Issue #4

Today we have an interview with Alma Alexander as well as her essay on Middles along with a spotlight on Far Off Places!

Interview with Alma Alexander

Why did you become a writer?

I hold an MSc degree in Molecular Biology and Microbiology. And for a little while I worked in that field, as a research scientist. But when it became obvious that to get anywhere in that area I would absolutely HAVE to get a PhD to get taken seriously – and that wasn’t on the cards – I kind of segued sideways into first scientific/medical writing and editing, then into more mainstream editing work, and finally into fulltime writing. Which I think is pretty much where I was headed all along. It was the true vocation, it was the only thing I really wanted to do, that I knew how to do properly and well. There are some things you are born for. This was mine. read more here…

Essay on Middles

It was a sign hung over a shop in a picturesque side street of a small Japanese town. Everything else – all the signage, everything pertinent to what it was actually selling – was in Japanese, and therefore beyond my comprehension – but this, the main shop sign, this was in English. And it said “Middles”.

To most people it might just be an amusing curiosity. But to me, with a writer’s mindset and worldview… this was potentially the Open Sesame cave of every treasure known to those of us who scribble. Because, you see, middles are often the DIFFICULT part. read more here…
Spotlight on Far Off Places

Why they started their journal: Partly to create a stage for emerging writers to strut their stuff, both traditional and experimental, but also to reach, enchant and grip readers who wouldn’t ordinarily pick up a literary magazine, which is why we publish across different media. We wanted to create a magazine in which equal care was given to the content and the design: we believe in bedtime stories and beautiful craftsmanship, where choice of font and paper type is an artistic decision.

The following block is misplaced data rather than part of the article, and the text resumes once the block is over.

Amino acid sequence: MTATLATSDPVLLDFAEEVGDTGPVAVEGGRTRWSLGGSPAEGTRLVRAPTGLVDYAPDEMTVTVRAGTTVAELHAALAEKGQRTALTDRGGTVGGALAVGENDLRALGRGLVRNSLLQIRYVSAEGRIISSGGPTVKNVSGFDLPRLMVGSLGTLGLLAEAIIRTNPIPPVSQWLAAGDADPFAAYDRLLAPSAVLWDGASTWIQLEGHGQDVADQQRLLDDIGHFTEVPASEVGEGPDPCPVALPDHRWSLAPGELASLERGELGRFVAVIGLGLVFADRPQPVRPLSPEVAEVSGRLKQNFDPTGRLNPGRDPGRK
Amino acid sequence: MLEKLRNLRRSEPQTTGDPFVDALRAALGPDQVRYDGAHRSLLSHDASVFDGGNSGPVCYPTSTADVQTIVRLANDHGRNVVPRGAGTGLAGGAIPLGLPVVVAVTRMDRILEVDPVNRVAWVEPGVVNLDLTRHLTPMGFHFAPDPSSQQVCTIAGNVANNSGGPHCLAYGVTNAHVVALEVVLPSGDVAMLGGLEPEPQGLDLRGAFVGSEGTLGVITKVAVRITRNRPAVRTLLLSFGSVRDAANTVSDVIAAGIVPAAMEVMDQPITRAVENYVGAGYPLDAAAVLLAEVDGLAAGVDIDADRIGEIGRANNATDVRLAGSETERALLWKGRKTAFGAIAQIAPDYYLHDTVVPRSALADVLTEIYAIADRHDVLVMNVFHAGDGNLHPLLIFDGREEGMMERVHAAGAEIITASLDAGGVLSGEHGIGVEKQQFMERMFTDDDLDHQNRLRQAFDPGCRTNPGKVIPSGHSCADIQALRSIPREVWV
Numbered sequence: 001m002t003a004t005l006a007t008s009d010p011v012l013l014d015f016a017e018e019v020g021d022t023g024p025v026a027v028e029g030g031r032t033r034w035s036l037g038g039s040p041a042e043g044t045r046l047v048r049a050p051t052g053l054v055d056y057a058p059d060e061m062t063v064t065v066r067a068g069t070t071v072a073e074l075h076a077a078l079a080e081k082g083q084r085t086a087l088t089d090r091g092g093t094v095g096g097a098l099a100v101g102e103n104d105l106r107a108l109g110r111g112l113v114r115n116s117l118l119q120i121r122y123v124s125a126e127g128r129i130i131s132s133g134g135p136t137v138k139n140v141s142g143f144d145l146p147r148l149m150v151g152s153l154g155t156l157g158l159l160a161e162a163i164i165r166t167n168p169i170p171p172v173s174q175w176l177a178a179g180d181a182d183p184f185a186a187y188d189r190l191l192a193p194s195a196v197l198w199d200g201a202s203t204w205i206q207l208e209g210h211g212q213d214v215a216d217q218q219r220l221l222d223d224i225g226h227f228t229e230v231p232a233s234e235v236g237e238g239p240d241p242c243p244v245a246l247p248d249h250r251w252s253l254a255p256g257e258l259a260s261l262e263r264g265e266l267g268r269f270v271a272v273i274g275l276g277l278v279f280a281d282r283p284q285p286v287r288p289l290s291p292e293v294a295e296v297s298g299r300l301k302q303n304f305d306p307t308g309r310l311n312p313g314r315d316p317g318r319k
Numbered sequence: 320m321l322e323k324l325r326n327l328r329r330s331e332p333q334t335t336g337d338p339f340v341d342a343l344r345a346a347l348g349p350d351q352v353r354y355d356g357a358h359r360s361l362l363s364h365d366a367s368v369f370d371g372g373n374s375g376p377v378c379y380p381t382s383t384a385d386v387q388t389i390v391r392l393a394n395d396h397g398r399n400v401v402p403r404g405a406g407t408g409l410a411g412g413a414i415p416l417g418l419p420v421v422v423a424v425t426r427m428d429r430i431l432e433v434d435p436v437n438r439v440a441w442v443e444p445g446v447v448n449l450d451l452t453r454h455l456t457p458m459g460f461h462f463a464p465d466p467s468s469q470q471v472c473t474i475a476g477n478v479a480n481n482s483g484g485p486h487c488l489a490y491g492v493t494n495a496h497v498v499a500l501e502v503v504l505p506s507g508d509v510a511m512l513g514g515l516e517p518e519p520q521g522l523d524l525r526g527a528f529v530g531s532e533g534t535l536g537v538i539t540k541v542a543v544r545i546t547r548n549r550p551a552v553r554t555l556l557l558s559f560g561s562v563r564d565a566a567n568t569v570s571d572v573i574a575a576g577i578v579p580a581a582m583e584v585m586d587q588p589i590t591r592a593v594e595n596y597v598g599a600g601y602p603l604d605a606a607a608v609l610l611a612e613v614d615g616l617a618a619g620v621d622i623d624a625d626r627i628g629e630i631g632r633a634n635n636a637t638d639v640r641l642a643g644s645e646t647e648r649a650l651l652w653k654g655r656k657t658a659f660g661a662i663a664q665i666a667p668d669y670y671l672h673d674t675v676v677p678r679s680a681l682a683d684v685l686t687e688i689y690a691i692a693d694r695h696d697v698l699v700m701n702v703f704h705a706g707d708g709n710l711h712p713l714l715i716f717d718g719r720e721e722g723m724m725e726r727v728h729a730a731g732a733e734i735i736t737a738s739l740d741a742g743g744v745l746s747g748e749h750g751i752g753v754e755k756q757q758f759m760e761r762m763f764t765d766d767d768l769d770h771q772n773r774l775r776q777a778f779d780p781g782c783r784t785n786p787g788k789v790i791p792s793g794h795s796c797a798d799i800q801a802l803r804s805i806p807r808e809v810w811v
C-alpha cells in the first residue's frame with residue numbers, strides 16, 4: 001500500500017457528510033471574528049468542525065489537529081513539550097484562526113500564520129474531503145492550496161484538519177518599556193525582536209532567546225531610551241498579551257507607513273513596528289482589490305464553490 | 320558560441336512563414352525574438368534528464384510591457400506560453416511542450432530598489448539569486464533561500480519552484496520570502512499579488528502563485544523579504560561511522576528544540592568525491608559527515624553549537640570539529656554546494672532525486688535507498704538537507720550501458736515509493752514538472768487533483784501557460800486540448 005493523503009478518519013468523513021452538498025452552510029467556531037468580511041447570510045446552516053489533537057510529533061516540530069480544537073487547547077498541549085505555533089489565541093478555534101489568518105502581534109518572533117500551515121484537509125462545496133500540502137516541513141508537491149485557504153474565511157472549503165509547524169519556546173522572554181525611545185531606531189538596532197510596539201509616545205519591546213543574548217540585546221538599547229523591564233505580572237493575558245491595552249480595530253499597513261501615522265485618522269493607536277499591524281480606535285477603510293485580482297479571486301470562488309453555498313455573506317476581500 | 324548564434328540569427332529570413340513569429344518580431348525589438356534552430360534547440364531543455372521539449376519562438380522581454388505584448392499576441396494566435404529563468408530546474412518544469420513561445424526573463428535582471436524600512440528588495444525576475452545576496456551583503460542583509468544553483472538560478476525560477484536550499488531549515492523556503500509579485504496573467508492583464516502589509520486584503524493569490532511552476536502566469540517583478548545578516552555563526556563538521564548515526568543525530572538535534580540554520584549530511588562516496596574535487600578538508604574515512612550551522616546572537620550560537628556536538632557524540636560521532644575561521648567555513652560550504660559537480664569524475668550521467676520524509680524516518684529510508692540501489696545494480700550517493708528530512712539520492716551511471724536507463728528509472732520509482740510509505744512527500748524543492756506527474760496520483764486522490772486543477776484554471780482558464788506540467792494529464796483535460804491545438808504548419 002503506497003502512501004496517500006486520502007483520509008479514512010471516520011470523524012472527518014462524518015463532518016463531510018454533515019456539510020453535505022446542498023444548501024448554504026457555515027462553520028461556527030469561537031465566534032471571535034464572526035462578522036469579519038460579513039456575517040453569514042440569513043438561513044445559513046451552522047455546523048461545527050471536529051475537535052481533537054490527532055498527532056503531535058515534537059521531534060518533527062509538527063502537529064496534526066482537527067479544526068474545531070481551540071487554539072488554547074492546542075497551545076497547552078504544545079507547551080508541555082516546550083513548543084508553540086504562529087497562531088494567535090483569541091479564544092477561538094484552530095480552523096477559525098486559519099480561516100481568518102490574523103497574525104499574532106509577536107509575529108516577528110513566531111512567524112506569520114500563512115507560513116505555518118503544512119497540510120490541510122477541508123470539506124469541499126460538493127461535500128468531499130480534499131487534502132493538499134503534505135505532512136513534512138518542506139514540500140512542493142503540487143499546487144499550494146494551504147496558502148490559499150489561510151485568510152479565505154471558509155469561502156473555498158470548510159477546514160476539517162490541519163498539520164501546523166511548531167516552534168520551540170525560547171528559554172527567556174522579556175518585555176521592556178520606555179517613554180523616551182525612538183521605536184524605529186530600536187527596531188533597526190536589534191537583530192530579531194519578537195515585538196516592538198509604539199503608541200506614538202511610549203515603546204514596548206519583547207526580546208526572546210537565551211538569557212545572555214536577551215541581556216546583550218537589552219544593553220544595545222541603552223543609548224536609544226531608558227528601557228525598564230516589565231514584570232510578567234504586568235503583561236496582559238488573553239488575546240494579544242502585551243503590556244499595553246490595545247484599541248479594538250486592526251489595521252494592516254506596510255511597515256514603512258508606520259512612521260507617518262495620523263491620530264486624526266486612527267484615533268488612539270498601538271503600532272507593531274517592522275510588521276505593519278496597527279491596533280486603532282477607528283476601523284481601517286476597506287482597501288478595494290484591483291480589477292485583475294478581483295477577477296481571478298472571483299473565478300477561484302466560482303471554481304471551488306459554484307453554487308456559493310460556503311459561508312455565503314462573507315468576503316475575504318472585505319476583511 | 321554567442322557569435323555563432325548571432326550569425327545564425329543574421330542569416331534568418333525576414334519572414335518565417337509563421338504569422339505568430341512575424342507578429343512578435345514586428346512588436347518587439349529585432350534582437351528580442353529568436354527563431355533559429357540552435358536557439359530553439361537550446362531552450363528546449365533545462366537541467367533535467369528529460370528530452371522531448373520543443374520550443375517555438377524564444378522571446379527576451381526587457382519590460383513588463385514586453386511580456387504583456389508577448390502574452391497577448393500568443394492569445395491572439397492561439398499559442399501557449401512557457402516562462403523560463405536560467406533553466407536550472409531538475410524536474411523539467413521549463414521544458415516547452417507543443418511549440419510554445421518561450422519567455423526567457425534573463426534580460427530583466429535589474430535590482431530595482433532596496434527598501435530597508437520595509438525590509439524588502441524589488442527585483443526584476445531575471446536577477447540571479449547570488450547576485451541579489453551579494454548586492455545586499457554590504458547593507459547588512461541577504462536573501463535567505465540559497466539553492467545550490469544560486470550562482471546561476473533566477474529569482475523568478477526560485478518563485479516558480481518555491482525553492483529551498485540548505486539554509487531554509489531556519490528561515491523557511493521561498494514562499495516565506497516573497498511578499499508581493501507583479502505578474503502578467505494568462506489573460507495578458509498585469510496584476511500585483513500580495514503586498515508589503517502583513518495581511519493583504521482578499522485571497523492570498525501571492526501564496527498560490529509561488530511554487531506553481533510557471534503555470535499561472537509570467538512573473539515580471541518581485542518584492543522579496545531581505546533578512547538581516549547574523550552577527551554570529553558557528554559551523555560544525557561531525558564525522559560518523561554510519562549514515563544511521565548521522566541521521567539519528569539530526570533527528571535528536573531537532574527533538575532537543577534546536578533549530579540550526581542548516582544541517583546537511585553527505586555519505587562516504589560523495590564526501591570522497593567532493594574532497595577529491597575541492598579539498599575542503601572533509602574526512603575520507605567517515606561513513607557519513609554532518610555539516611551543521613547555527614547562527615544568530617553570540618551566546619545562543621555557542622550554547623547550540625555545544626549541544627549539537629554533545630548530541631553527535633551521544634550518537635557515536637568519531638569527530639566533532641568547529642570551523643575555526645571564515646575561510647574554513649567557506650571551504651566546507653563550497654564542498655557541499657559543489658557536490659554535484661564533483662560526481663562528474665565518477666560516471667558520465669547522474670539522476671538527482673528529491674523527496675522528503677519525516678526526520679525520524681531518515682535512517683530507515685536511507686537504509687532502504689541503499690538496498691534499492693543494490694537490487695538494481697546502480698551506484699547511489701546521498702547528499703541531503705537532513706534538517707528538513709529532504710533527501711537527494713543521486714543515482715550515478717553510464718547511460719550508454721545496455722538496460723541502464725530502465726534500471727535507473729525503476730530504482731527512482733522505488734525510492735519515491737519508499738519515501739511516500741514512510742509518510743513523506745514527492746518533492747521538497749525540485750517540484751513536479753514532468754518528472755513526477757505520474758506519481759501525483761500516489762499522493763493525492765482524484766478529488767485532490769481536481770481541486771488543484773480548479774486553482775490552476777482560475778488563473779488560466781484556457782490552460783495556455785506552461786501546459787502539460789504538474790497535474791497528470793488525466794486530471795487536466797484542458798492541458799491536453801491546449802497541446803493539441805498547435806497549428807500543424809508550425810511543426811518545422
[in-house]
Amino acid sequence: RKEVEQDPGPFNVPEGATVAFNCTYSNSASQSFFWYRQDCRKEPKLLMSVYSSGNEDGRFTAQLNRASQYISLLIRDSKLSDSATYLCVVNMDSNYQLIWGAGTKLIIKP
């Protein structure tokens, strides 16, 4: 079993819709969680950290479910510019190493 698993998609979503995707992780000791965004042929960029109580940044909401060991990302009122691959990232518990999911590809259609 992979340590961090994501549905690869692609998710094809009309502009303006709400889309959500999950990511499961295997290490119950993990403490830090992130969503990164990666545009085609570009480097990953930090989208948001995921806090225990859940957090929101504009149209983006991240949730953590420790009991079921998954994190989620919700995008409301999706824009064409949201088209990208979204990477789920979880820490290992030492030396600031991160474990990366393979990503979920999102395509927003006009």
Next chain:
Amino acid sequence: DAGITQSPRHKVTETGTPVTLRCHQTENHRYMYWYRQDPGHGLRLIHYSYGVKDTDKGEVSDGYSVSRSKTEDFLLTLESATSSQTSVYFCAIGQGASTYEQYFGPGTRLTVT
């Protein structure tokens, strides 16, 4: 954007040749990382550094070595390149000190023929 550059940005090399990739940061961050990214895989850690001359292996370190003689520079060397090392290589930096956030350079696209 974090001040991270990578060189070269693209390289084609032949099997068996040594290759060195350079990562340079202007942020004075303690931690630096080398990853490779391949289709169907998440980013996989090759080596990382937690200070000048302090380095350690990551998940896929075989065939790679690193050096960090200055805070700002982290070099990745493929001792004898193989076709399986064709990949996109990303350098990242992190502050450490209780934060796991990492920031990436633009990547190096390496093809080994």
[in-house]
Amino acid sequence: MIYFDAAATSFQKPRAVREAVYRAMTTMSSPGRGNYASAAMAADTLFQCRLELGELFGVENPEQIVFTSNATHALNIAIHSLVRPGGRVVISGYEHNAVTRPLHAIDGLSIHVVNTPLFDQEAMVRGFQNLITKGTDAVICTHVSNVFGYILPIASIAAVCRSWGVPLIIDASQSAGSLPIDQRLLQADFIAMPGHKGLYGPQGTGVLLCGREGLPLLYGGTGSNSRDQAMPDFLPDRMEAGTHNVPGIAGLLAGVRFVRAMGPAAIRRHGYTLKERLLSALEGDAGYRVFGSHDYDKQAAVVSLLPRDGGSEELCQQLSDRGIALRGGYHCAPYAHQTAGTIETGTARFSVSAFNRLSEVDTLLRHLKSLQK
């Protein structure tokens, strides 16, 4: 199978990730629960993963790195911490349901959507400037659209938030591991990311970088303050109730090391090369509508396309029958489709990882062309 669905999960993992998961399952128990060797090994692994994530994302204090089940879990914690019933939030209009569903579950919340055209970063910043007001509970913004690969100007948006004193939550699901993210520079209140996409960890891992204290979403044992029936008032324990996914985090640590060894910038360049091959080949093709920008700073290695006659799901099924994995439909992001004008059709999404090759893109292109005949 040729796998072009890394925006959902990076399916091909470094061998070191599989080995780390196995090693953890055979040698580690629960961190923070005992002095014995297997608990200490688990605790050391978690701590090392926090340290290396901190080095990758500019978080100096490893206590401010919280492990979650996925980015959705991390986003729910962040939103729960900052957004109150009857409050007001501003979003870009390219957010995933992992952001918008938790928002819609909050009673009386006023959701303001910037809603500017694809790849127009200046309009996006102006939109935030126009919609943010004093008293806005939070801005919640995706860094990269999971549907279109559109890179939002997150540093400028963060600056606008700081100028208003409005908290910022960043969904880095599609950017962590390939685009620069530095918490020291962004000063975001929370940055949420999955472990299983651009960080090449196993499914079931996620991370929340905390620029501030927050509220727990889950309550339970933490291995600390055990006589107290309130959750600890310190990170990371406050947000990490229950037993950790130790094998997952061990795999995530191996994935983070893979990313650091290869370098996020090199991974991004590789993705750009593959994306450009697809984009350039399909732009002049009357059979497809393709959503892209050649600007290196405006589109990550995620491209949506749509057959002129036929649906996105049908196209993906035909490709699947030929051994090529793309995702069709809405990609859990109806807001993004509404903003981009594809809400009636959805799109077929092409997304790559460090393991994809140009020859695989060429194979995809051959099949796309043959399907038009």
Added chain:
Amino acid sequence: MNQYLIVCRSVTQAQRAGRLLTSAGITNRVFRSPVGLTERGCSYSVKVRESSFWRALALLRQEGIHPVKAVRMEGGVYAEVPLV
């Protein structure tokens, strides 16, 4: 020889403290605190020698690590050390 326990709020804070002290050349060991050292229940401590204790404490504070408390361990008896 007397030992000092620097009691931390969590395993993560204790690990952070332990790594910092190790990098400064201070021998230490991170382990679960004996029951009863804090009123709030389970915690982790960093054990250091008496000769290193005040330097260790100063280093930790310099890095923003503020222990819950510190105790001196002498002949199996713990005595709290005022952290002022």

Also because we were tipsy with elderflower wine and drunk on literature. read more here…

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New Content – Butcher and Flash Fiction

The next round of content is up, including an Interview with Jim Butcher, a spotlight on Flash Fiction Online, and an essay regarding a way to start your story without starting with a character.

Interview with Jim Butcher

Jim Butcher

Why did you choose to be a writer over other careers and were their other careers that you considered?

Yes, there were several other careers that I considered. I started off trying to go through computer programming, and electrical engineering, and then I met engineers and that went out the window, so I decided to come at computers through managing information systems, and then I met accounting mathematics and so that went out the window. So then I thought it would be nice to be a teacher, since I always thought that would be something nice to do, but then I had to observe teachers in their natural environments for the courses, and I realized that teachers were some of the most miserable people I had seen in my life. So then I sort of bottomed out in English…read more here!

Flash Fiction Online

What they are looking for: Great stories with heart, beautiful writing, and deft storytelling. It also makes me very happy when authors read and heed our guidelines…read more here!

Character Foremost, Not First

Open any book on the craft of writing and you’re going to see some familiar advice. Try to write every day. Read more work from writers you admire. Seek out feedback from readers you trust. Character, not plot, must always come first and foremost in your writing…read more here!